You are correct that scripture doesn't change, while other factors do. This is crucial. One of the main factors that does change is how people view the unchanging scripture. The term "coming of age" has been used by several people to describe the evolution of Christianity from the renaissance to the present day; and by extension, to a similar change that might occur in Islam. I see part of that coming of age as a shift from literal to figurative interpretation of holy books. Yes, there are cycles, and factions, and plenty of Christians who are quite fundamentalist about the Bible. The literal interpretation seems to be more common among Muslims, though. If (as) more of them come to put it in context and understand its figurative value, there will be a sea change in Islam.

    Quote Originally Posted by Lateralus View Post
    This is nonsense and your "history lesson" is completely unnecessary. This doesn't even deserve a response because you're off on such an irrelevant tangent, I don't think you can find your way back.
    If you had learned this history lesson, you would not have made such an inaccurate claim about the relative state of development of western and Islamic culture when Christianity was coming of age. It may be a tangent, but you brought it up, and it indicates either sloppy discussion, or an actual lack of knowledge. It also is symptomatic of the western attitude that we are (and always have been) "better than" the Muslims/Arabs/Africans etc. I like to think this attitude is based more in ignorance than malice, but I could be wrong.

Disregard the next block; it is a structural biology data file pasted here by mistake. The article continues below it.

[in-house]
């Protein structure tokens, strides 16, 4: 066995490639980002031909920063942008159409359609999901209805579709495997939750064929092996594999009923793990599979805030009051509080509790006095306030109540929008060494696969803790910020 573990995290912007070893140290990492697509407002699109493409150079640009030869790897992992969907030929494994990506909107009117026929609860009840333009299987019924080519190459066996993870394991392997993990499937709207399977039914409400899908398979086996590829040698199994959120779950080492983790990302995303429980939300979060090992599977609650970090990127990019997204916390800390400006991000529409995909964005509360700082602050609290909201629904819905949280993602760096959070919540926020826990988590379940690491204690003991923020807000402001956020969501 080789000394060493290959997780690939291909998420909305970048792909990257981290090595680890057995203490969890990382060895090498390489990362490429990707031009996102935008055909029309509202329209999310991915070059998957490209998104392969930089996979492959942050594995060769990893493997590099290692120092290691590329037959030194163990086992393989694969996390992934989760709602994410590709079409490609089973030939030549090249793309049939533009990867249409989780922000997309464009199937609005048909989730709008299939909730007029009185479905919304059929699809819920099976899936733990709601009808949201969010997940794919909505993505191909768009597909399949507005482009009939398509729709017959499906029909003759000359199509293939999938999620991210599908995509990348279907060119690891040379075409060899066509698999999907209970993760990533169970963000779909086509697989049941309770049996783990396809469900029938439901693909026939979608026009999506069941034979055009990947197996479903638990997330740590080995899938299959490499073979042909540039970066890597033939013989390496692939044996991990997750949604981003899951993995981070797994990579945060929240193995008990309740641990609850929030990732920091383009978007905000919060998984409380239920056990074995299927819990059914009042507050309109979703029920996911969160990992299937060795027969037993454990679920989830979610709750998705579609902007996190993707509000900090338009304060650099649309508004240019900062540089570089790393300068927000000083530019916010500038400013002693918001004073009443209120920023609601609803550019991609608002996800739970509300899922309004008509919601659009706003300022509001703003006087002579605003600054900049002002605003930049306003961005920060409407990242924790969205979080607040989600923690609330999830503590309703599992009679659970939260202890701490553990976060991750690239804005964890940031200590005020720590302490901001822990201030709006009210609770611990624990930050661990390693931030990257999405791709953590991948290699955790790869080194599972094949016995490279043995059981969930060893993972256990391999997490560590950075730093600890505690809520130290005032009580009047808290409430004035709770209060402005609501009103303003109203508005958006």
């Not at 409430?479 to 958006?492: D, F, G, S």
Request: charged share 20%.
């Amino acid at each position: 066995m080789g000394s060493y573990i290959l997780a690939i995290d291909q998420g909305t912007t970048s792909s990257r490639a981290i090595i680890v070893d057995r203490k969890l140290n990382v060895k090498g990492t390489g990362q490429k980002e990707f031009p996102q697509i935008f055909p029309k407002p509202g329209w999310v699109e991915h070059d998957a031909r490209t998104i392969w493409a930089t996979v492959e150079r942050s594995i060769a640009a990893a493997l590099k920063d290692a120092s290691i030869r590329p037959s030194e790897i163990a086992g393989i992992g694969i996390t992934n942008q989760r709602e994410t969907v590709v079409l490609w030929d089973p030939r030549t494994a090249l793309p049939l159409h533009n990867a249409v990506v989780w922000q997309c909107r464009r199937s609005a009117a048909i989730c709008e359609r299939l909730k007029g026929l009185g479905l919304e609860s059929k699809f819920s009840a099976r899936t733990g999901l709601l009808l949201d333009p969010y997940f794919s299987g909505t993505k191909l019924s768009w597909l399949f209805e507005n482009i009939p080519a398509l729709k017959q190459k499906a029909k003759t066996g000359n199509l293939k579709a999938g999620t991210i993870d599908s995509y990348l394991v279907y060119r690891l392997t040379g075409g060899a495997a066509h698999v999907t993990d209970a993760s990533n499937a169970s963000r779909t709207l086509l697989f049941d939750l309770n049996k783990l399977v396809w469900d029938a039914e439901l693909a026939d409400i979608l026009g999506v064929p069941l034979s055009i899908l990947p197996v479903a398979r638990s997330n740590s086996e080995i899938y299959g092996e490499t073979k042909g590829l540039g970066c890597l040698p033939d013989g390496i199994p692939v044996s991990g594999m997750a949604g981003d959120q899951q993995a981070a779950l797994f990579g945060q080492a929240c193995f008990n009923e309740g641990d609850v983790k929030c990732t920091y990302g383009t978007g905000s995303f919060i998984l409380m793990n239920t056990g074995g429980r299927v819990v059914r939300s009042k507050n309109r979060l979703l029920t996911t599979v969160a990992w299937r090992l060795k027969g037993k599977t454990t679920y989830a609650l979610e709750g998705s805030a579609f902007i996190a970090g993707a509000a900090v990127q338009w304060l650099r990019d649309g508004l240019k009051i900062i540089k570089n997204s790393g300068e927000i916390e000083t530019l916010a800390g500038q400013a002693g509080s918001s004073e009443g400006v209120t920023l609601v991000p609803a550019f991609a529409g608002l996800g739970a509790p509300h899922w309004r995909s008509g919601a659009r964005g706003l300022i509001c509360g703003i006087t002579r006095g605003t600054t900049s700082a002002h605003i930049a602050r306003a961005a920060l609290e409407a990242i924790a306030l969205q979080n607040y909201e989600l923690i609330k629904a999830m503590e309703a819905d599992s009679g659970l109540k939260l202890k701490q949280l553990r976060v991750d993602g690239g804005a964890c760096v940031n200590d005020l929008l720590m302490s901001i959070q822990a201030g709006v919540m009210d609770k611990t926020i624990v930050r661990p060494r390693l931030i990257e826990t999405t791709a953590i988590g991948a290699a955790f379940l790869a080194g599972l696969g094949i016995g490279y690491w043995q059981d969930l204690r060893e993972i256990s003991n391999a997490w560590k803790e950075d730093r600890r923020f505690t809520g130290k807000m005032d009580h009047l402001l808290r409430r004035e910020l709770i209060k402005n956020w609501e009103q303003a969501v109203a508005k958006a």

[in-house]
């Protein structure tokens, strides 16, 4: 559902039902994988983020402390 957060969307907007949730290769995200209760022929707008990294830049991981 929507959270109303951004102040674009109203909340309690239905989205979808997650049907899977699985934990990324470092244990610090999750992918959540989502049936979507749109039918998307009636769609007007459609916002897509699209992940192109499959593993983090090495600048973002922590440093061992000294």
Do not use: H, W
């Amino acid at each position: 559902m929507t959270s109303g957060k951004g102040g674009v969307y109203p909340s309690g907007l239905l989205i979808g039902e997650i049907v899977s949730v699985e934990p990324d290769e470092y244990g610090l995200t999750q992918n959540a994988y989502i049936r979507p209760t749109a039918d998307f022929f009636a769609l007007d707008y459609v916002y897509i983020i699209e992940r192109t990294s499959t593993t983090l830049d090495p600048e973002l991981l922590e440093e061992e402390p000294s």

Quote Originally Posted by Lateralus View Post
    Here's the thing, if Europeans had access to nuclear weapons in the 13th century, humans might be extinct. Thankfully they didn't. Unfortunately, it is possible for a Muslim with a world view comparable to a 13th century European to get his or her hands on a nuclear weapon. I don't think this threat is nearly as immediate as Republican war hawks would have us believe, but it cannot be ignored. Your political correctness alarms are probably going bonkers now.

    What the US detonating the first nuclear weapon has to do with all of this, I don't know. I'll just write it off as another "history lesson".

    Please, you're doing the exact opposite of what you claim. You're dismissing concrete differences in the ideologies with a wave of you hand, then getting on a soapbox and proclaiming that I am the one doesn't understand the complexity. But hey, let's throw something vague in there about "modern communication" to make it sound like you've actually put some thought into this issue. Right?
    Let's mention modern communications because it is relevant. Weapons technology is not the only thing that has changed in 600 years. To focus on one and ignore the other is unrealistic and unproductive. A big challenge always facing resistance movements, splinter groups, rebels, etc. is communication among themselves, and getting publicity for their message. Modern technology makes this much easier than it was in the middle ages. Yes, the fanatics get to use it, too, but they and their supporters do not have the virtual monopoly on public discourse that the Christian church and its governments had.
    Hope is the denial of reality. It is the carrot dangled before the draft horse to keep him plodding along in a vain attempt to reach it. We should remove the carrot and walk forward with our eyes open. -- Raistlin Majere